For many, Margaret Thatcher is an easy figure to hate, and rightly so.
The world economic crisis today has its roots in the neo-conservatism of Thatcher and her American counterpart, Ronald Regan, back in the 1980s. Thatcher inflicted significant and lasting damage on the working class and our movement. She was a strong leader who knew exactly which side she was on. She never flinched from her duty of acting on behalf of the ruling class.
As a minister of the 1975 Tory Government and as Prime Minister for 11 years, Thatcher inflicted misery on working class women. She once said she did not identify with feminism. No kidding, sister!
Regardless of this, she had to fight sexism within her own party and the establishment to get to the top. And once at the top sexism took on different guises. She became the powerfully seductive “governess” for the sexually stymied boarding school educated men in her cabinet and wider milieu.
The mainstream media did not know how to portray Thatcher but the fact of her femaleness, her womanliness usually influenced how she was depicted. She “hectored” rather than argued, she “waved her handbag” when driving points home, and so on.
The satirical puppet show “Spitting Image” was unable to come up with anything more imaginative than making Thatcher wear a suit, more male than any man in her cabinet, playing the dominatrix with highly sexual undertones to the pathetic drooling men around her. Perhaps this is all that can be expected from mainstream society where sexism and misogyny go unchallenged. But surely the labour movement and, the left in particular, fared better? Not so.
The broad labour movement used slogans such as “Ditch the Bitch” as comfortably as “Coal not Dole”. A leading Labour Party woman made a “mad cow disease” joke about Thatcher at a Labour Party Women’s conference and expected and got laughs and applause.
“Evil cow” was another often used description for Thatcher, usually followed by a rhetorical question such as “what sort of woman could do…”, followed by quips such as “If Denis (Thatcher) was a real man...”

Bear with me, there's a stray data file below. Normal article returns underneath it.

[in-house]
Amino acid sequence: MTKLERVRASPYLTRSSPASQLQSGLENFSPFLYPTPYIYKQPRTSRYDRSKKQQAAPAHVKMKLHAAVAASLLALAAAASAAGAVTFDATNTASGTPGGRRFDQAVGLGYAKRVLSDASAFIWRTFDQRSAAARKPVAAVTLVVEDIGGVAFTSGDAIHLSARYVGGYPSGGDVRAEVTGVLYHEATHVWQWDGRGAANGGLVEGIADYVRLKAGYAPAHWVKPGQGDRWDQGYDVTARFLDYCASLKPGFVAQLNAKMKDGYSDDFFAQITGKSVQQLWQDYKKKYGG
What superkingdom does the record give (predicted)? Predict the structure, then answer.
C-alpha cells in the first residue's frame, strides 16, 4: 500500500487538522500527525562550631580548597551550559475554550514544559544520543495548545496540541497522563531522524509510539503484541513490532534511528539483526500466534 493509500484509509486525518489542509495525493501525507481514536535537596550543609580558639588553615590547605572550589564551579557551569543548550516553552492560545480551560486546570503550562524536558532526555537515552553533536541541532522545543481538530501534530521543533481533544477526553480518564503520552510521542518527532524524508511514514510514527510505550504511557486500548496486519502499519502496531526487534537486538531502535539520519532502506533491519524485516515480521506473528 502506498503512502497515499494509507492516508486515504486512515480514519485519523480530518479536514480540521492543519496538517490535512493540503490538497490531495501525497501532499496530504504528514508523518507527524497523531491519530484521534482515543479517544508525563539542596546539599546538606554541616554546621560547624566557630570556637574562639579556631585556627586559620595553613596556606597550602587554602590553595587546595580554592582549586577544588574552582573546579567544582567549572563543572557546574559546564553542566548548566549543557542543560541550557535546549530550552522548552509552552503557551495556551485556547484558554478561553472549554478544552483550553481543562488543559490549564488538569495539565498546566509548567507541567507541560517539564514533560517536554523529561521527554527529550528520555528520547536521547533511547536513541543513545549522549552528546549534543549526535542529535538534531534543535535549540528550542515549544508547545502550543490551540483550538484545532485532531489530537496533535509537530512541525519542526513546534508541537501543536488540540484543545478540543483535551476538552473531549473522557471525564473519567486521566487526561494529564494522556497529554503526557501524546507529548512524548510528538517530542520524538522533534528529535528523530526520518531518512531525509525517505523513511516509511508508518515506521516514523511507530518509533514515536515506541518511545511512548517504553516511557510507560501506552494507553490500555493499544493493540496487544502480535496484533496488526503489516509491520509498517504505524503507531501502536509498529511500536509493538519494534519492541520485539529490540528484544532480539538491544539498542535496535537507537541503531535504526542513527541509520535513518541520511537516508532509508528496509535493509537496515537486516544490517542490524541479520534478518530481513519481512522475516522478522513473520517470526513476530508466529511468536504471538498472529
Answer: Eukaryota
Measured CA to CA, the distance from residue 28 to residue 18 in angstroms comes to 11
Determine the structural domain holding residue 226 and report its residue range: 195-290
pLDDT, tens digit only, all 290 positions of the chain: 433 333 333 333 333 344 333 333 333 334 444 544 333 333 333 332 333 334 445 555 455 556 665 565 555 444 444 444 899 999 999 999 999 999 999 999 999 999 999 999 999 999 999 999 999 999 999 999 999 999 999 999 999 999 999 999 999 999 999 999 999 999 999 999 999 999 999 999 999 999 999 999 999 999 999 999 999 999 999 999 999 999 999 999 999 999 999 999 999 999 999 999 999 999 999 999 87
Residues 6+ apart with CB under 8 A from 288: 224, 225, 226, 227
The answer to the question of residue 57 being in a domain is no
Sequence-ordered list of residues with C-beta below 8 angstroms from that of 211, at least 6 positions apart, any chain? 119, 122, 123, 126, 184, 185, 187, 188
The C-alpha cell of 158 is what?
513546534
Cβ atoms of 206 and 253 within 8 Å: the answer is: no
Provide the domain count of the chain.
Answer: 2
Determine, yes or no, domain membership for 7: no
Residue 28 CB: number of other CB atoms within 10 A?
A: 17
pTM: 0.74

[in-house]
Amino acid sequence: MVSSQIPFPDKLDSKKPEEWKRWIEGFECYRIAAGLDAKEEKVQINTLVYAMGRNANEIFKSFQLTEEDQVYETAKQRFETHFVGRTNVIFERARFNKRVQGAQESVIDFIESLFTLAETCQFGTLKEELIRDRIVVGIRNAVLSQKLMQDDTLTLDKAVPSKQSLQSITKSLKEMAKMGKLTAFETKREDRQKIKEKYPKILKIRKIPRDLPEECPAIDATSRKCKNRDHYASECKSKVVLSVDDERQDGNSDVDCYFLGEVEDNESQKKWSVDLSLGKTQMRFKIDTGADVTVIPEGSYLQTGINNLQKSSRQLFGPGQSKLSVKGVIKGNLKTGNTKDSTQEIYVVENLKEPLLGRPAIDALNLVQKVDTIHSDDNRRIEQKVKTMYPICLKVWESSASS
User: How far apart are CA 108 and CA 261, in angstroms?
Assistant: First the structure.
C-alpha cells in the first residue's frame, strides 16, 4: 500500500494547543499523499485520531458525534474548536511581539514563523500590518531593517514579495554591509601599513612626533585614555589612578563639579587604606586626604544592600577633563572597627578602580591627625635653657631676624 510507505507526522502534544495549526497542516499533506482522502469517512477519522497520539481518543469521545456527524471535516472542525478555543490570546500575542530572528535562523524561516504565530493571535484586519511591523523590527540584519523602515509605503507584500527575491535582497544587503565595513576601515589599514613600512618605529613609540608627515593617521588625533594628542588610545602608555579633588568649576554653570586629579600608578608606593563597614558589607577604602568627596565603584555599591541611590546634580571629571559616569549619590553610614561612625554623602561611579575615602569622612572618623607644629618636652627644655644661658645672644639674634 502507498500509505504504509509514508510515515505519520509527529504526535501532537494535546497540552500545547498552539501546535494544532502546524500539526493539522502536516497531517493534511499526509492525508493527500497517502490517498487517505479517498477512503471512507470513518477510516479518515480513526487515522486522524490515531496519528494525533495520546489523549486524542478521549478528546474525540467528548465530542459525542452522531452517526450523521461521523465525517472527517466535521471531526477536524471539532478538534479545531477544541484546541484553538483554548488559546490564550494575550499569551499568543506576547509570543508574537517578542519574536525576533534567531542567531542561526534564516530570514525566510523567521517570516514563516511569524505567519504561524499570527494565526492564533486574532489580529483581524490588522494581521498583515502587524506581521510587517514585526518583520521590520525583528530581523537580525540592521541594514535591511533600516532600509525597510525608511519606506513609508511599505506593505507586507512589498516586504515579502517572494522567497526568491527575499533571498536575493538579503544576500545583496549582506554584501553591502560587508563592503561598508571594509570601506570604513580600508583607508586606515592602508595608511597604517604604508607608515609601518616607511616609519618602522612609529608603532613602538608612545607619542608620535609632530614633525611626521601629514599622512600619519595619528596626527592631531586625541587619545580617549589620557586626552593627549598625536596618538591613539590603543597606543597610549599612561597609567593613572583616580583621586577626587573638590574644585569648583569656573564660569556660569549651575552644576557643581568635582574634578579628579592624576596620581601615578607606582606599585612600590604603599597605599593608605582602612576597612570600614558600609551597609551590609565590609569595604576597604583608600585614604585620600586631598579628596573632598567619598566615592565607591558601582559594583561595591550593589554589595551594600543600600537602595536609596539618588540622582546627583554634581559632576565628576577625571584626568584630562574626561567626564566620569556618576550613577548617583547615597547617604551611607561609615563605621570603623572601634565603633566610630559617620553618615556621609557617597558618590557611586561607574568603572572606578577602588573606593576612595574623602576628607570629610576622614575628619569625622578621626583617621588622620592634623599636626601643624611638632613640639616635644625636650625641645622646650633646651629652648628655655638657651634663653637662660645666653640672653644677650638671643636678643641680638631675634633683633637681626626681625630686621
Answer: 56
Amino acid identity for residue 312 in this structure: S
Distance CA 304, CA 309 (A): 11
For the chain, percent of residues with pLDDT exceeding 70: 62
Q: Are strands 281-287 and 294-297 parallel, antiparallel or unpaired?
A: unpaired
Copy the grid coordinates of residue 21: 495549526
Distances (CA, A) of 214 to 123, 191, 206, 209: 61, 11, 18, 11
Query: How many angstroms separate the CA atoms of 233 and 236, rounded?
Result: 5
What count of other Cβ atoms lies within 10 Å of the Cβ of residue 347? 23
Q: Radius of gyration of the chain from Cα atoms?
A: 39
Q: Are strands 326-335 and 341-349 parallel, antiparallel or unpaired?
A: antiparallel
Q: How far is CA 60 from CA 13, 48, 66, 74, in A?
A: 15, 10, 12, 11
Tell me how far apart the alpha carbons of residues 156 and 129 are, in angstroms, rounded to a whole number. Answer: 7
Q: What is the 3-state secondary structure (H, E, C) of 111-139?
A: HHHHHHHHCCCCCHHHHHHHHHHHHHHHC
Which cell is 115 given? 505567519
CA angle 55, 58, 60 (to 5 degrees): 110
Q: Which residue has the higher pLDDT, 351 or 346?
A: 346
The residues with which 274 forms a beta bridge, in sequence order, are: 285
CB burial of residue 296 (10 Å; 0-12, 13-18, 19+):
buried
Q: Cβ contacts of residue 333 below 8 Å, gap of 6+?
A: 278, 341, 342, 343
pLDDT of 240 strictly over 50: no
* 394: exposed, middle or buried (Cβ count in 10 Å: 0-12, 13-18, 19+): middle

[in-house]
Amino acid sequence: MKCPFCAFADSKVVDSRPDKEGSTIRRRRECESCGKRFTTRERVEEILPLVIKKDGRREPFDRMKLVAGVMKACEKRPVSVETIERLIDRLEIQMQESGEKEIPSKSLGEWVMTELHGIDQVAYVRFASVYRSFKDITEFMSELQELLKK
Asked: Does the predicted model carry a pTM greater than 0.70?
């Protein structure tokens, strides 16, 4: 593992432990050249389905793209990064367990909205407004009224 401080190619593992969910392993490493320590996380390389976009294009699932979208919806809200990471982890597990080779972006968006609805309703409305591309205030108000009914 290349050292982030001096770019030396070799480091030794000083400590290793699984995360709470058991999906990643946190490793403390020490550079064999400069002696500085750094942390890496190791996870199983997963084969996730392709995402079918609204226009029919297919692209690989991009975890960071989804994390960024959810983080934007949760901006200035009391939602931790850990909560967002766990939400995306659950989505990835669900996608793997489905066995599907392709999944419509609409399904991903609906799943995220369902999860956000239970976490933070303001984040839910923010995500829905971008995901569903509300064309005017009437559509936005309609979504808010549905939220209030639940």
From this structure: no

On the revolutionary left, things were no better, maybe even worse. The Militant tendency (forerunner to the Socialist Party) was notoriously bad on the question of fighting women’s oppression and sexism. Leading Militant local organisers in Stoke introduced a song to a miners’ support march: “Maggie Thatcher’s got one, Ian MacGregor is one! Nah, nah, nah!” When challenged by women on the march, they laughed dismissively, playing to the more backward ideas of some striking miners present.
Socialist Organiser (forerunner to the Alliance for Workers’ Liberty) and Women’s Fightback were lone voices at the time arguing Thatcher should be taken on as a politician, as serious ruling class fighter, and not reduced to sexist abuse and caricatures.
Thatcher wasn’t evil. She wasn’t mad. She wasn’t a cow. She was a woman who fought hard for her class. If the likes of Neil Kinnock, then Labour Party leader, and Norman Willis, then General Secretary of the TUC, had fought with just a fraction of her commitment and vigour for the class they were chosen to represent, then history might have been different.
Socialist women have nothing in common with the likes of Margaret Thatcher. We should feel no sense of feminist solidarity with her and women like her. But we have to be concerned that women who take part in politics, whether we agree with them or not, cannot and should not be reduced to sexist and misogynist ridicule. Hate Thatcher and all she represents, but when Thatcher’s dead her ideas and what she stood for will remain.
Her policies and legacy, which set working class women back decades, will still need to be fought, as will the sexism that undermines women’s confidence and erodes our abilities in all spheres of life, not just politics.